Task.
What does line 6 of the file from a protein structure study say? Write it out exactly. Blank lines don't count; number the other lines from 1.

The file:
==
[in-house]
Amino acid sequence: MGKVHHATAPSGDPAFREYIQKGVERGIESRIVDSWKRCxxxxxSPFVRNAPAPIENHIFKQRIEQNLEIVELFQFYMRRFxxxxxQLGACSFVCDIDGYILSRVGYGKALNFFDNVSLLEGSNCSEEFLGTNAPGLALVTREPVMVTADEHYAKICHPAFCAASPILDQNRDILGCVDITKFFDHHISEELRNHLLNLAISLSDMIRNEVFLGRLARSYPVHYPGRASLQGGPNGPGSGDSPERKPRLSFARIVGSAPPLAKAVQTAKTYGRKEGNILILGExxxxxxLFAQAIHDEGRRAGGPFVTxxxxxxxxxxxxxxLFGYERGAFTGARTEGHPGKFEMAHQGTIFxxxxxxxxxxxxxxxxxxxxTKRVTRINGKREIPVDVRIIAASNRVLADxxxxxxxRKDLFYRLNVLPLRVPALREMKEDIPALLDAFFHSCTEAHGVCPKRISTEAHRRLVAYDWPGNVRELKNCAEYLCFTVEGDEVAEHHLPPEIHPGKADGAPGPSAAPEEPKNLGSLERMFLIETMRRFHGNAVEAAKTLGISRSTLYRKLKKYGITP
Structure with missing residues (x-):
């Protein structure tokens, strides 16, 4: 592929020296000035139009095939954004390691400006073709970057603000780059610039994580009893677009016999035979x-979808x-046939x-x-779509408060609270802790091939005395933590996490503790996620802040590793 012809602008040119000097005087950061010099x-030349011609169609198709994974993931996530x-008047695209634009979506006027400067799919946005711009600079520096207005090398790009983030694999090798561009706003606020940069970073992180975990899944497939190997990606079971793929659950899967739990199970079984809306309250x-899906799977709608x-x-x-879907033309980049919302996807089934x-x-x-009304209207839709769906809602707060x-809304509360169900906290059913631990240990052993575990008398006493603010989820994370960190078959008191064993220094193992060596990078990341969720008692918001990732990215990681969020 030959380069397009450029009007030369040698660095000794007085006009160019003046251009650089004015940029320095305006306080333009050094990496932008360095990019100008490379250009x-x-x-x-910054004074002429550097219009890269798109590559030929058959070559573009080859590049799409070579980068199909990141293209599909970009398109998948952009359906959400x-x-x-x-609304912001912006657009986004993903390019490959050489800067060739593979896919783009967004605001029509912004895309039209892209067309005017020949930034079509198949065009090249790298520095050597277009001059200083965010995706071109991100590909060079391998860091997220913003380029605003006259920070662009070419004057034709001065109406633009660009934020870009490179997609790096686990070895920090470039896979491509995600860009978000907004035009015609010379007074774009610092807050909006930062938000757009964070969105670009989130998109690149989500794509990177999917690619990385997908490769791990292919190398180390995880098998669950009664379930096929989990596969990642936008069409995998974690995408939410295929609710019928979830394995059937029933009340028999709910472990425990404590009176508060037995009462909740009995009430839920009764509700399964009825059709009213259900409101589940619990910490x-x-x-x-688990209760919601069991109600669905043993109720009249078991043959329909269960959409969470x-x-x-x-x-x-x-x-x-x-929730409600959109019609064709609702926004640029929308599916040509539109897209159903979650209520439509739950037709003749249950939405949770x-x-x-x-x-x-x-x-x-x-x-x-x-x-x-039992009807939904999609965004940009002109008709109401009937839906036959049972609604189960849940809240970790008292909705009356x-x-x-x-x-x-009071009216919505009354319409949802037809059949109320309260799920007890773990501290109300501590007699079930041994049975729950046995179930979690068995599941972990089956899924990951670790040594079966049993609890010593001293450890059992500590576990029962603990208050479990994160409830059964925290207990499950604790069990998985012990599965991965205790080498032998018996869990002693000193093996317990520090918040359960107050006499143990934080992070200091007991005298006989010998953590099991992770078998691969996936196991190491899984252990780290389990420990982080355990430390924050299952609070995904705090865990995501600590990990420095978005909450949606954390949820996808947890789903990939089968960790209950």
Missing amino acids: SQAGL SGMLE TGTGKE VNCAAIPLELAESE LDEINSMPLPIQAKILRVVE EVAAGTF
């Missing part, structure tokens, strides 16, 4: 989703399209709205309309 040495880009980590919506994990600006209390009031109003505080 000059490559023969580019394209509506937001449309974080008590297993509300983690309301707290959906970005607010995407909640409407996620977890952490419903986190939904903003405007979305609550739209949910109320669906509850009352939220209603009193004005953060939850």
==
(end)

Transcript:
């Missing part, structure tokens, strides 16, 4: 989703399209709205309309 040495880009980590919506994990600006209390009031109003505080 000059490559023969580019394209509506937001449309974080008590297993509300983690309301707290959906970005607010995407909640409407996620977890952490419903986190939904903003405007979305609550739209949910109320669906509850009352939220209603009193004005953060939850």